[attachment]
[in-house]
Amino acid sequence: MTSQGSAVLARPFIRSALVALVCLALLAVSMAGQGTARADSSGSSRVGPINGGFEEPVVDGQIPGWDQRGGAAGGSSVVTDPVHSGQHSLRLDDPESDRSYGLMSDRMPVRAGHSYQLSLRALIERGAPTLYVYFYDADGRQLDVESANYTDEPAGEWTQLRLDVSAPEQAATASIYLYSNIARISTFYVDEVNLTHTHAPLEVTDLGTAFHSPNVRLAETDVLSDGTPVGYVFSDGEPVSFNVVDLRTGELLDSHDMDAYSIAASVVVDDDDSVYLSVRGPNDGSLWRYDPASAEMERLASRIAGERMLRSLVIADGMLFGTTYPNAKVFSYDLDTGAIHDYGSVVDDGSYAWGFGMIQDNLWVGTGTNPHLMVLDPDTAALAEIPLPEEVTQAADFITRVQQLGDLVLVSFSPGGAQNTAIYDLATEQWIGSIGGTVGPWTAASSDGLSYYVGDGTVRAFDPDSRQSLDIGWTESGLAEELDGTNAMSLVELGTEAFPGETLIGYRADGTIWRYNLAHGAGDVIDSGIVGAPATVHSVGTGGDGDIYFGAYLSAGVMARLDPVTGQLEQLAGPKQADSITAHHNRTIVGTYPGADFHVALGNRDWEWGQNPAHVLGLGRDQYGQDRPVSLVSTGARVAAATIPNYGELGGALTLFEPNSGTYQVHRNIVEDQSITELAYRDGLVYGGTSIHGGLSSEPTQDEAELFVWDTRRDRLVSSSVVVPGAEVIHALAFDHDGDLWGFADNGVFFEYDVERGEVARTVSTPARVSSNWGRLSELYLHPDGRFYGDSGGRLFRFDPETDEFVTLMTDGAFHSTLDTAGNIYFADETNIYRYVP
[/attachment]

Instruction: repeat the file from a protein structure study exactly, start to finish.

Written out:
[in-house]
Amino acid sequence: MTSQGSAVLARPFIRSALVALVCLALLAVSMAGQGTARADSSGSSRVGPINGGFEEPVVDGQIPGWDQRGGAAGGSSVVTDPVHSGQHSLRLDDPESDRSYGLMSDRMPVRAGHSYQLSLRALIERGAPTLYVYFYDADGRQLDVESANYTDEPAGEWTQLRLDVSAPEQAATASIYLYSNIARISTFYVDEVNLTHTHAPLEVTDLGTAFHSPNVRLAETDVLSDGTPVGYVFSDGEPVSFNVVDLRTGELLDSHDMDAYSIAASVVVDDDDSVYLSVRGPNDGSLWRYDPASAEMERLASRIAGERMLRSLVIADGMLFGTTYPNAKVFSYDLDTGAIHDYGSVVDDGSYAWGFGMIQDNLWVGTGTNPHLMVLDPDTAALAEIPLPEEVTQAADFITRVQQLGDLVLVSFSPGGAQNTAIYDLATEQWIGSIGGTVGPWTAASSDGLSYYVGDGTVRAFDPDSRQSLDIGWTESGLAEELDGTNAMSLVELGTEAFPGETLIGYRADGTIWRYNLAHGAGDVIDSGIVGAPATVHSVGTGGDGDIYFGAYLSAGVMARLDPVTGQLEQLAGPKQADSITAHHNRTIVGTYPGADFHVALGNRDWEWGQNPAHVLGLGRDQYGQDRPVSLVSTGARVAAATIPNYGELGGALTLFEPNSGTYQVHRNIVEDQSITELAYRDGLVYGGTSIHGGLSSEPTQDEAELFVWDTRRDRLVSSSVVVPGAEVIHALAFDHDGDLWGFADNGVFFEYDVERGEVARTVSTPARVSSNWGRLSELYLHPDGRFYGDSGGRLFRFDPETDEFVTLMTDGAFHSTLDTAGNIYFADETNIYRYVP